He went on to say the Vapor Pro irons, which will cost $999 with True Temper Dynamic Gold shafts, produce about 1.7 yards more distance and feature a moment of inertia (MOI) that is 10 percent higher than the VR Pro Blades they replace. But make no mistake, these are designed for fast-swinging elite players who want to maximize control and feel. The clubs are not intended to be as powerful or forgiving as the other models in the Vapor line.
The Vapor Pro Combo irons blend two different types of clubs to create a single, playable set. Nike said that past Pro Combo sets were designed more for better players, but the company insists this set fits perfectly between the better-player Vapor Pro and the max-game-improvement Vapor Speed irons.
“This is by far the most technically advanced Pro Combo we’ve ever made,” Oldknow said. “We really tried to bring the art and the science together in this.”
The Pro Combo 3- through 7-irons are designed with a spring steel face to help create more ball speed. Their bodies are 1025 carbon steel with a pocket cavity that houses a RZN insert. The insert material is very similar to the resin material used in Nike’s RZN golf ball cores. In the Pro Combo irons, the resin dampens vibrations and allows for 45 grams of discretionary weight to be shifted to the toe area, once again putting the CG location precisely where Nike wanted it.
The 8-iron through Attack Wedge in the Pro Combo set are muscle-cavity clubs made completely from 1025 carbon steel. They are designed to enhance feel and help golfers achieve more accuracy and control.
While the launch angle and spin rates have not changed, Nike claims the new Vapor Pro Combo irons are about 5 yards longer than the VR Forged Pro Combo irons and have a 17 percent higher MOI, making them more stable as well.
With standard True Temper Dynamic Gold Pro shafts, the Vapor Pro Combo irons will cost $1,099.
For players who want to maximize distance and forgiveness, Nike introduced the Vapor Speed irons. Nate Radcliffe, Nike Golf’s director of engineering, said, “When we thought about what we were trying to do with this product, it’s about distance and speed, as the name suggests.”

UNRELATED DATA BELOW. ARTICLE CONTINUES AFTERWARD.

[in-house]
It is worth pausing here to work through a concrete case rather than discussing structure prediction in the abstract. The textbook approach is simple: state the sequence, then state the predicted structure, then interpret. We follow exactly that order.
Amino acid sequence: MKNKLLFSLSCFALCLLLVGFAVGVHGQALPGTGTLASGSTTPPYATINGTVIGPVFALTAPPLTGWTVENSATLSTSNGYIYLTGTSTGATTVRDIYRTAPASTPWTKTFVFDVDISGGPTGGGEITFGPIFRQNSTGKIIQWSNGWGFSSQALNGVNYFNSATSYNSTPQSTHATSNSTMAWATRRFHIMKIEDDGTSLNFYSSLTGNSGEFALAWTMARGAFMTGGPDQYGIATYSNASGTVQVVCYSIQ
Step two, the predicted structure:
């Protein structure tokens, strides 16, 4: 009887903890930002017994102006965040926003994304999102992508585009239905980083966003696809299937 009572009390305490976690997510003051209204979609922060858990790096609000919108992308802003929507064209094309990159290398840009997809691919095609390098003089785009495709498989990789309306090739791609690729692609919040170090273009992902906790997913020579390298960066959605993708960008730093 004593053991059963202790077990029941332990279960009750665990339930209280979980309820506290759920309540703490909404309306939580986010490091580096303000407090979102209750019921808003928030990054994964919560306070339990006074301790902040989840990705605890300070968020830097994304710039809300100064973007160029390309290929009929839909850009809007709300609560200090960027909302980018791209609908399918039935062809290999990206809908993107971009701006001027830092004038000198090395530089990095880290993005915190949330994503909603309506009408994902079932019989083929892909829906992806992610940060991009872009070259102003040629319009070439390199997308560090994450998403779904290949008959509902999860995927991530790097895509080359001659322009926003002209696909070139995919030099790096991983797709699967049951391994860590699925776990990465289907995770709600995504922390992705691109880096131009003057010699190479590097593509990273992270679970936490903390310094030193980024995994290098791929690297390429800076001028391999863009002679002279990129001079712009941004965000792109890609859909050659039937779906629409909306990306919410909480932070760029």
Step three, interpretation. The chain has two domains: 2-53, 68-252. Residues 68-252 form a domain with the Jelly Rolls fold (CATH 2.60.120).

The long irons (3-7) are hollow-bodied, wood-like clubs. Internal weight has been shifted to the back and toe areas to move the CG position down and away from the hitting area. This promotes a higher ball flight and more forgiveness.
The long irons also were given a forged, NexCOR face design (like the face in the Covert 2.0 woods) that is 2.7 millimeters thick in the center and 2.2 millimeters thick around the edges.
Nike calls the two posts found on the back of the clubs Fly Beams. They are designed to make the back of the club more solid, allowing the face to flex more efficiently at impact.
The 8-iron through Attack Wedge are less focused on distance and more geared to enhancing feel. They feature a large RZN insert, like the insert in the Pro Combo long irons. It dampens vibrations and enhances feel on approach shots.
“One of the things that we’re really proud of is when you look down at these short iron, they have a traditional blade profile,” Radcliffe said. “What we’ve done, in working from the blades out and working with Tiger, is apply that to our game-improvement products.”
The Vapor Speed irons will come standard with either True Temper DynaLite 105 steel shafts for $959.99 or Mitsubishi Rayon Fubuki Z graphite shafts for $1,079.99.